What Happens When You No Longer Want the Biological Materials of Fertility? Custody, Use, and Donation of Eggs, Sperm, or Embryos

April 27, 2016

Assisted reproductive technologies (ART) help infertile couples and others create families when they cannot do so on their own. These technologies can involve the use of donated eggs, sperm, or embryos, which are typically frozen until they are used.



With as many as five people potentially involved in the assisted reproductive process: an egg donor, a sperm donor, a surrogate mother, and one or two legal parents for the child. Conflicts can arise regarding the custody and future use of this genetic material.


Sperm Donations Laws

Nearly all states have laws regarding the use of sperm donations. Typically, these donations are used by a married woman for insemination. The woman's husband is required to consent to use of the donated sperm in order for him to be considered the legal father of the child. Most state laws also provide that any use of the donated sperm for insemination does not make the sperm donor the legal father.


Egg Donations Laws

Only a few states have laws regarding egg donations, and these statutes vary significantly. In California, the law addresses only the information that must be given to a donor and the form of the donor's consent before any procedure is used to retrieve the eggs. Florida law requires that couples prepare a written agreement that provides for disposition of donated eggs in the event of death, divorce, or other unforeseen circumstances.


Maryland law requires written consent to use donated eggs in private research and prohibits using donated eggs for state-funded research. Other states with laws that apply to egg donations include Colorado, Connecticut, Louisiana, Massachusetts, New York, and Wyoming.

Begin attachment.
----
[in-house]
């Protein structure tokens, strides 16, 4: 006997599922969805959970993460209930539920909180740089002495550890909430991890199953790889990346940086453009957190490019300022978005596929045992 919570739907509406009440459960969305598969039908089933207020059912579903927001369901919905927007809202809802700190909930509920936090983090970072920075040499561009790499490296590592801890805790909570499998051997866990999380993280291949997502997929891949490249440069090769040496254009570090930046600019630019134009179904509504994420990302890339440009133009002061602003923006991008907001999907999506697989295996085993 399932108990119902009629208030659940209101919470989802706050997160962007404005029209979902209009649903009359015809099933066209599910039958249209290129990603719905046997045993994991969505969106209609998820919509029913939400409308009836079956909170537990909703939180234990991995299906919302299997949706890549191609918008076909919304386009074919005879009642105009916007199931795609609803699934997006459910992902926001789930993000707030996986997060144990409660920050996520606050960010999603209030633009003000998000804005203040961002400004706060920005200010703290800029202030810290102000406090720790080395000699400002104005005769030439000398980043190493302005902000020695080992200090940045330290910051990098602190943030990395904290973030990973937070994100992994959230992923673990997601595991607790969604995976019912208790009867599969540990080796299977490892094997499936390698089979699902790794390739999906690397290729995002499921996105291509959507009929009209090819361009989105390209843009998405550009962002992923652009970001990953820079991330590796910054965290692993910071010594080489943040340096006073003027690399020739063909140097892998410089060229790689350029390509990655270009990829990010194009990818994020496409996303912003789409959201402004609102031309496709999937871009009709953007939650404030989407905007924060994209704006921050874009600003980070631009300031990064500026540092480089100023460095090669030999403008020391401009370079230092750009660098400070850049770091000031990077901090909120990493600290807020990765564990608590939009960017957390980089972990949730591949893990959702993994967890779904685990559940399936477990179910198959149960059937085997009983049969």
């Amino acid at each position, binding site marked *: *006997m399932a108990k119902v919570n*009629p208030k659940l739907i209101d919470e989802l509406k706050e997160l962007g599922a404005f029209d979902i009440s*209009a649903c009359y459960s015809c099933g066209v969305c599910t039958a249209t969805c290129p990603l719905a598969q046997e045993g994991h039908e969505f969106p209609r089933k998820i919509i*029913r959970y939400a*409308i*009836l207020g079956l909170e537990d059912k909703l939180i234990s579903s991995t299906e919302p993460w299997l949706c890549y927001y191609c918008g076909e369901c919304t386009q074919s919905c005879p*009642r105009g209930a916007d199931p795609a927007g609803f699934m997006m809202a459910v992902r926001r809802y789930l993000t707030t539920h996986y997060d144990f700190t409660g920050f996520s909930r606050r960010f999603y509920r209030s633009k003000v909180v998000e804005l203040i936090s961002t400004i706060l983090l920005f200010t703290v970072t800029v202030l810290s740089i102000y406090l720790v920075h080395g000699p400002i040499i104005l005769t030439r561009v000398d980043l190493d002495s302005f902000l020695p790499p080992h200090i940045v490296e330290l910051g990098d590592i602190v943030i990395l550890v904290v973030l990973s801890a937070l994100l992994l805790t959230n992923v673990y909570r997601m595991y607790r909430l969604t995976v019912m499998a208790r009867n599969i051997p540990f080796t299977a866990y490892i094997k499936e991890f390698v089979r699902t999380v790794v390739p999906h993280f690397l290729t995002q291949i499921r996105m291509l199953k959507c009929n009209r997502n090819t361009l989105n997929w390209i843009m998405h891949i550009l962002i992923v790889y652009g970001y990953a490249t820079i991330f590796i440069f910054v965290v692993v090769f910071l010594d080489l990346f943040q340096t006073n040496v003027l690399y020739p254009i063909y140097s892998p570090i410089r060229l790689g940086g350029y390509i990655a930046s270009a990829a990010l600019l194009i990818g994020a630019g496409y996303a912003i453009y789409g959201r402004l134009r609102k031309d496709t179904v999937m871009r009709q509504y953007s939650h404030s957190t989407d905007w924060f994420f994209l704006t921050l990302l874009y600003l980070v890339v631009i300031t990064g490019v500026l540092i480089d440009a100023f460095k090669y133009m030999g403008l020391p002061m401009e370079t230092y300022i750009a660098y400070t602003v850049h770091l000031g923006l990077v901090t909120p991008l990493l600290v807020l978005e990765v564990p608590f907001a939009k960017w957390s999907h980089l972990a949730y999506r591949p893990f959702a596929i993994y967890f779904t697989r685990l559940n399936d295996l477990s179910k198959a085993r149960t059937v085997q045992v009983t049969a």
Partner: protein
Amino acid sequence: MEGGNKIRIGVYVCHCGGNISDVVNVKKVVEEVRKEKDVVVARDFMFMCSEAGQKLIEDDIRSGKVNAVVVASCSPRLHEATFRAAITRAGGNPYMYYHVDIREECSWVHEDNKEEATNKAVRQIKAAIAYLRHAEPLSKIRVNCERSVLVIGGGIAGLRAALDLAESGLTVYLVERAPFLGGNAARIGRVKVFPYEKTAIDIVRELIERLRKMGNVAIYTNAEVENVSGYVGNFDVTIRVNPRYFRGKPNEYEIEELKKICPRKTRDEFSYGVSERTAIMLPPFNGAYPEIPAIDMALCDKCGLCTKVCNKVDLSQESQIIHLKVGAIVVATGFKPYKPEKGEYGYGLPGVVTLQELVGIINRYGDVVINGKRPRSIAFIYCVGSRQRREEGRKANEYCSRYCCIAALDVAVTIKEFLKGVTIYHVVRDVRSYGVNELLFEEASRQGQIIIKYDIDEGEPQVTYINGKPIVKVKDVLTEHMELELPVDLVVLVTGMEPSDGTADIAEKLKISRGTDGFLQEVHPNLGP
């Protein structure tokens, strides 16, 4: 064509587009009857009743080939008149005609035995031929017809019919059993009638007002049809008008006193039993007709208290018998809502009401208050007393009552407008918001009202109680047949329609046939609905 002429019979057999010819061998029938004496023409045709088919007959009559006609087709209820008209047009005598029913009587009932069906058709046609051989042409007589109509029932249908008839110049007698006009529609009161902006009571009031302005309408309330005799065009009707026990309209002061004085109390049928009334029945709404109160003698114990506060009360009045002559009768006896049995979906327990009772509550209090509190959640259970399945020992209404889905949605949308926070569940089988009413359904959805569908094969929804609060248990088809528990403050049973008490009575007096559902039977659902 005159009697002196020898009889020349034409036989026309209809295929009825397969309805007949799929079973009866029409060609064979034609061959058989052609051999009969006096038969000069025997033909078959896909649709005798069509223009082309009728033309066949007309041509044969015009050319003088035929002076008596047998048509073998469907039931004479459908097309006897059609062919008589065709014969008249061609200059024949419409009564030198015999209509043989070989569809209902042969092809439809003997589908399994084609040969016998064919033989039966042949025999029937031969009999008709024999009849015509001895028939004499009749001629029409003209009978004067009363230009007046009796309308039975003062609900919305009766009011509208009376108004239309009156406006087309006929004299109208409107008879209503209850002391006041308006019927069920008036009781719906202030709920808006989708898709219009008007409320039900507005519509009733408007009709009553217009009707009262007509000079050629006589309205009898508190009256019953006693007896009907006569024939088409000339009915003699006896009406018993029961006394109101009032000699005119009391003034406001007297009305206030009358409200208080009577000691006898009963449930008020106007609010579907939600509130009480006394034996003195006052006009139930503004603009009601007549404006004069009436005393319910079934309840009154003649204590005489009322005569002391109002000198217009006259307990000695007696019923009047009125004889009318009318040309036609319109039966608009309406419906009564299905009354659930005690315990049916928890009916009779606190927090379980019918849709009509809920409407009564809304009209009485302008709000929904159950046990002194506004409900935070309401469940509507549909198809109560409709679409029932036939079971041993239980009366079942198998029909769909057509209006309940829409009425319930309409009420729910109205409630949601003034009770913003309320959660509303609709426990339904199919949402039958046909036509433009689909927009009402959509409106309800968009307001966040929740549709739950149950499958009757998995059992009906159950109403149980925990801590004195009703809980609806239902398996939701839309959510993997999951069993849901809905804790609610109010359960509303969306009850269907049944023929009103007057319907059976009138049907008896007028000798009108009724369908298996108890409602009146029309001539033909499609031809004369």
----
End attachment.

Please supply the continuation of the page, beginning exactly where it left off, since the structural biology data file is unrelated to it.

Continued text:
Embryo Donations and Adoption

Couples using assisted reproductive technologies typically create embryos which are frozen for future use. Once the couples have achieved their desired family size, decisions must be made on what to do with the remaining frozen embryos. Some couples choose to donate the embryos to an infertile couple, preferring adoption to donating the embryos to research or allowing them to die.


However, donating embryos is an unsettled area of law without any federal or state statutes specifically governing the practice. For that reason, an important part of embryo donation is a written contract between the couples clearly stating their desires for use of the frozen embryos.


Disputes Regarding Frozen Embryos

As part of the assisted reproductive process, a couple should prepare a written advance directive stating how any excess frozen embryos will be handled. Without such an advance directive, a court will use its own discretion to decide the fate of the frozen embryos in the event of a dispute, and this may lead to an outcome different from what the couple would have intended.


An advance directive does not guarantee that a future dispute won't arise, but state courts considering challenges to these writings have generally considered advance directives enforceable.



Article provided by Lawyers.com


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